Education is the backbone of democracy. THIS IS SUCH AN IMPORTANT CONCEPT THAT IT BEARS REPEATING.Democracies don’t work very well, and often don’t work at all, with an uneducated electorate. Even countries with educated electorates often fall back into dictatorship if they don’t continually nurture their democracies. Democracy is a fragile concept, which, history tells us, is not the normal state of human governance. There are far more examples of failed democracies than there are of successful ones.

     The U.S. is currently undergoing a test of its democracy. This is partially because it has naively assumed that democracy is an obviously better governance concept. I hate to be the purveyor of bad news, but it isn’t obvious, and such an assumption is very dangerous. What, then, can we do to prolong the survival of U.S. democracy? I have one basic suggestion, that I think, is fundamental. Education, education, and more education.

     I have previously suggested that equal opportunity in the U.S., or anywhere for that matter, can only be comprehensively achieved through equal education. I still vehemently promote that viewpoint, but let me look at it from broader angle. Equal education, leading to equal opportunity, may well be the only way to save democracy. Constructive voting requires knowledge, judgement, ethics, civics and a commitment to democratic principles. Voting, just for the sake of voting, can lead anywhere. It has produced U.S. democracy. It has also produced Putin’s Russia, China’s democracy and a variety of other dictatorial regimes that masquerade as democracies. I submit that voting by an educated and informed electorate shortens the odds that democracy can actually work closer to its conceptual heart.

     The current political crisis in the U.S. has been created, not by just one man, but by the mainstream of U.S. politicians and citizens not paying attention. That inattention has allowed many groups to feel alienated, frustrated, angry, and, eventually, mad as hell. Apart from the lunatic fringe, they have good reason to feel mad-as-hell, at least in their own minds. Many of the far right feel they have lost their country to minority interests. Many minorities feel they have never been accepted as full citizens. Virtually everyone feels that their government, regardless of the party in power, has totally lost its way. It’s a political time-bomb waiting to explode.

     Yes, we need to incarcerate the lunatic fringe, and cut off their inflammatory rhetoric, in order to eliminate the distracting “noise” factor. That’s the easy bit. However, we have to responsibly address the alienation, fear and concerns of the wider population in a concerted and comprehensive way. Band aid programs won’t work anymore.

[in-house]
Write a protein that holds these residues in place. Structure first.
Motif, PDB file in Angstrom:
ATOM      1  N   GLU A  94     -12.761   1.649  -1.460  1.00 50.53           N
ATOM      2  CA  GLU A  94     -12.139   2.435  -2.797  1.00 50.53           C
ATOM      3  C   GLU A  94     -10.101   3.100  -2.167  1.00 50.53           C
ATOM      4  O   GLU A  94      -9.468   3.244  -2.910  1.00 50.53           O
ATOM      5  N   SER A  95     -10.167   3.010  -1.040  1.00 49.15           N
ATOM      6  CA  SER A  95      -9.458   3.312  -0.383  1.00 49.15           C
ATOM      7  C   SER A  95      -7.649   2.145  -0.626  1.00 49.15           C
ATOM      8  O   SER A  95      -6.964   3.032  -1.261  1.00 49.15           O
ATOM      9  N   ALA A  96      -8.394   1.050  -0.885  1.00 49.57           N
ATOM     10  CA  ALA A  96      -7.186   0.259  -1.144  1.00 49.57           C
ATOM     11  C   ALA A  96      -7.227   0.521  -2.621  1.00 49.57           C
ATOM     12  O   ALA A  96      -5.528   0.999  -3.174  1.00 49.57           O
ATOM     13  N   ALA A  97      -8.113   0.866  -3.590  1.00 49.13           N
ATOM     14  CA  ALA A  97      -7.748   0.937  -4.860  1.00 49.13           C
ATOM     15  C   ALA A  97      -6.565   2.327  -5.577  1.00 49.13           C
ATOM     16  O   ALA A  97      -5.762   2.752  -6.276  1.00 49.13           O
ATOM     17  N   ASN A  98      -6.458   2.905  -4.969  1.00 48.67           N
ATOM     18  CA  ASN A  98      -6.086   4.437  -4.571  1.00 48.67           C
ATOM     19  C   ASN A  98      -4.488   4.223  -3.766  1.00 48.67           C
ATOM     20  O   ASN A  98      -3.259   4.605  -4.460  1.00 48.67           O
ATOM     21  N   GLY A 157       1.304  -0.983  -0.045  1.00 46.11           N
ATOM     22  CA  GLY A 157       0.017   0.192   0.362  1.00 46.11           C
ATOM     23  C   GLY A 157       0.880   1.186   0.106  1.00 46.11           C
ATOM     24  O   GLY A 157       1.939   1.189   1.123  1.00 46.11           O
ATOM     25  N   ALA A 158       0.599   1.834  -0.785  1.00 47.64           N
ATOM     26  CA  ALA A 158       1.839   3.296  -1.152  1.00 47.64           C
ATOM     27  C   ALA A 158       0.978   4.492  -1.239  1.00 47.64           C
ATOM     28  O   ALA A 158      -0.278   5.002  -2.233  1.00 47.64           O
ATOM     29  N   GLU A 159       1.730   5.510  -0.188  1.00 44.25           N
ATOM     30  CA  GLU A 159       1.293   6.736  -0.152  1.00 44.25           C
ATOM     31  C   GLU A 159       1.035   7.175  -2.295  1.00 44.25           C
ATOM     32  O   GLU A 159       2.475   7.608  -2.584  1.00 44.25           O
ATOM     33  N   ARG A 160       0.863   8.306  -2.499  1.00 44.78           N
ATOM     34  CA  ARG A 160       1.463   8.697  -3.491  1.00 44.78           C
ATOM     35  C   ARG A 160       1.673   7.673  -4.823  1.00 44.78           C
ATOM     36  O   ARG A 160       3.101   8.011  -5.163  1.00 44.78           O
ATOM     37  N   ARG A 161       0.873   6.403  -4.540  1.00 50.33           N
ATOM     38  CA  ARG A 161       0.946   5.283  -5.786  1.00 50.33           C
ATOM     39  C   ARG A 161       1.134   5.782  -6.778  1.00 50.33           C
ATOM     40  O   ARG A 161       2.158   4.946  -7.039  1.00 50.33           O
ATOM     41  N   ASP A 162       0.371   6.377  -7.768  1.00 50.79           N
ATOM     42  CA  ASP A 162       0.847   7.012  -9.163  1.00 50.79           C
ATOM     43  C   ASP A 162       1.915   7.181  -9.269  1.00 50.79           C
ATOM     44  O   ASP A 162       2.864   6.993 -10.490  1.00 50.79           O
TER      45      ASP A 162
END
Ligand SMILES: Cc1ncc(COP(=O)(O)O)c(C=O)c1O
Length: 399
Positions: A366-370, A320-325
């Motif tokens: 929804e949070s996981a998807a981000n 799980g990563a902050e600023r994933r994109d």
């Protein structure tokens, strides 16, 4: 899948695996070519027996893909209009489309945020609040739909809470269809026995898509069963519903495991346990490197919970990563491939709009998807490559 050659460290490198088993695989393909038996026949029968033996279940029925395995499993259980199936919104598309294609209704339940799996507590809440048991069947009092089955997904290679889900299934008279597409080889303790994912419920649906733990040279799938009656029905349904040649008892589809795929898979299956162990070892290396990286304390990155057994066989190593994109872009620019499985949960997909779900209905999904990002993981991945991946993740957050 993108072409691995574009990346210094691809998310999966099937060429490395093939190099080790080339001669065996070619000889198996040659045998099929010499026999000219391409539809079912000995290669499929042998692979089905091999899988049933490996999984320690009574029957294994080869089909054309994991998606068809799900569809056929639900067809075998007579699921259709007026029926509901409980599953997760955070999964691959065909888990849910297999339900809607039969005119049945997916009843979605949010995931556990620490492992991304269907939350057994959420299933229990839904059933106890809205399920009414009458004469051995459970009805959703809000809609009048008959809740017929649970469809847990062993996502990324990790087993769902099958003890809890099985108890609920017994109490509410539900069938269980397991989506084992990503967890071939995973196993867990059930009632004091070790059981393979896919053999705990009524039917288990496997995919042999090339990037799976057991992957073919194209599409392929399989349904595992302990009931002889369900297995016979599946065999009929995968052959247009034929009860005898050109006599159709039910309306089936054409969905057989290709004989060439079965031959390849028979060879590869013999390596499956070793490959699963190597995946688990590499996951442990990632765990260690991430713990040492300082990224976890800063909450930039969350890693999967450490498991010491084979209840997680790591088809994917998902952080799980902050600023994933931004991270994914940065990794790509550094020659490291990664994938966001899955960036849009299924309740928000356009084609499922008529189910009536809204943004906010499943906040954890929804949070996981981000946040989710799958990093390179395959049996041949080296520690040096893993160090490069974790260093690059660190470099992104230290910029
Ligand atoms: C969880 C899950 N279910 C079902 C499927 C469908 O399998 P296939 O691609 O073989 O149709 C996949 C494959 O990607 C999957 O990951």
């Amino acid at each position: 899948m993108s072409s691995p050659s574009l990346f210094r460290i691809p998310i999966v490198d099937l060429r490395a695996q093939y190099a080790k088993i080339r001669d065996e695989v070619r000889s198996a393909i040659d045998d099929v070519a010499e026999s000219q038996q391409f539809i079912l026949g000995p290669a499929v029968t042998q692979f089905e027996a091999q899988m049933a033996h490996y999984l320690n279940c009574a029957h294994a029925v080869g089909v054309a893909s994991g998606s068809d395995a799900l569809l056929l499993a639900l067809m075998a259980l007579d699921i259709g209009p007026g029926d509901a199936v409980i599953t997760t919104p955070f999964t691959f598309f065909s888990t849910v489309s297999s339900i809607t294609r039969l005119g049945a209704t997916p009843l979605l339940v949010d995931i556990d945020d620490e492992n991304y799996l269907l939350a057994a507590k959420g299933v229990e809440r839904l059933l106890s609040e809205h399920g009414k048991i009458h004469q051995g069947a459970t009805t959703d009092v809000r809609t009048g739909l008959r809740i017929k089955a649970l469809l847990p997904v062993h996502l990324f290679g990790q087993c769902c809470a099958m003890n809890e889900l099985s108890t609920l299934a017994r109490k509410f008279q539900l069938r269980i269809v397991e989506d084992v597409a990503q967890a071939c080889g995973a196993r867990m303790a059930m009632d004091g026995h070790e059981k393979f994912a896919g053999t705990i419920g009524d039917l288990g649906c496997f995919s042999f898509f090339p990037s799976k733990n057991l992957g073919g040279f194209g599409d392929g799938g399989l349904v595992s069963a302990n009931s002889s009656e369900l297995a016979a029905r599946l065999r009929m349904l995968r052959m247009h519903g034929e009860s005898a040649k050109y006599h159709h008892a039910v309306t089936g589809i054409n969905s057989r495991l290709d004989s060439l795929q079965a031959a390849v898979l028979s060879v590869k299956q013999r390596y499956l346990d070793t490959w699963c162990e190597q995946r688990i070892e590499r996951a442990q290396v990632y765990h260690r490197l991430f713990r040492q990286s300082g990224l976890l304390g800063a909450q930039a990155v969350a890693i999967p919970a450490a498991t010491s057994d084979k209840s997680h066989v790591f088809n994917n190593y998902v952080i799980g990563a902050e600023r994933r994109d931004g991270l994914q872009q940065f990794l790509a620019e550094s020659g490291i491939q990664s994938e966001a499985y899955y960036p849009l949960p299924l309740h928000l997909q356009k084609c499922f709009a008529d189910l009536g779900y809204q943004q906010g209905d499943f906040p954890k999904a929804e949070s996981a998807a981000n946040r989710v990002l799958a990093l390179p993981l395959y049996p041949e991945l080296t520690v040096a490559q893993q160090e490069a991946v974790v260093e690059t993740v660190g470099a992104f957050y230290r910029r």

I am suggesting that a long-term, drastic-but-necessary, five-part, strategy can help. It won’t be easy, and it won’t be quick, but the U.S. has the money, the infrastructure and the talent to achieve it. All it needs is the vision and commitment.

     First, federalize public education. Second, install a National curriculum from kindergarten to high school. Third, make ethics, civics, world history, environmental, and science courses, obligatory for all. Fourth, make voting obligatory for every citizen. And, fifth, embed all of this in the Constitution.

     A tall order? Absolutely. A necessary process? Also absolutely, if U.S. democracy is to survive.


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  1. Avatar

    This is a great article. Yes, an investment in a proper and uniform education now will make for a brighter future for generations to come.

    1. connectingthedotsauthor

      Hi Daisy,

      Thanks for the note. I’m glad you enjoyed it. I did send a note on federalizing public education to Biden. You never know who might read it. Talk soon.

  2. Avatar

    I agree this should be in every country ,there is no better investment than education, here in Mexico not only they want you ignorant they also want you poor , so Democracy is managed by hunger and ignorance.

    1. connectingthedotsauthor

      Hi Fabio,

      You remind me of Puerto Rico. The last thing politicians there wanted was an educated electorate. Someone might have the audacity to question what they were doing!!
      I hope you enjoy the blogs. I write about three a week on all sorts of topics and usually publish on Sundays.
      We are supposed to hear some news from the banks on the Italy project in the near future.

      Best regards


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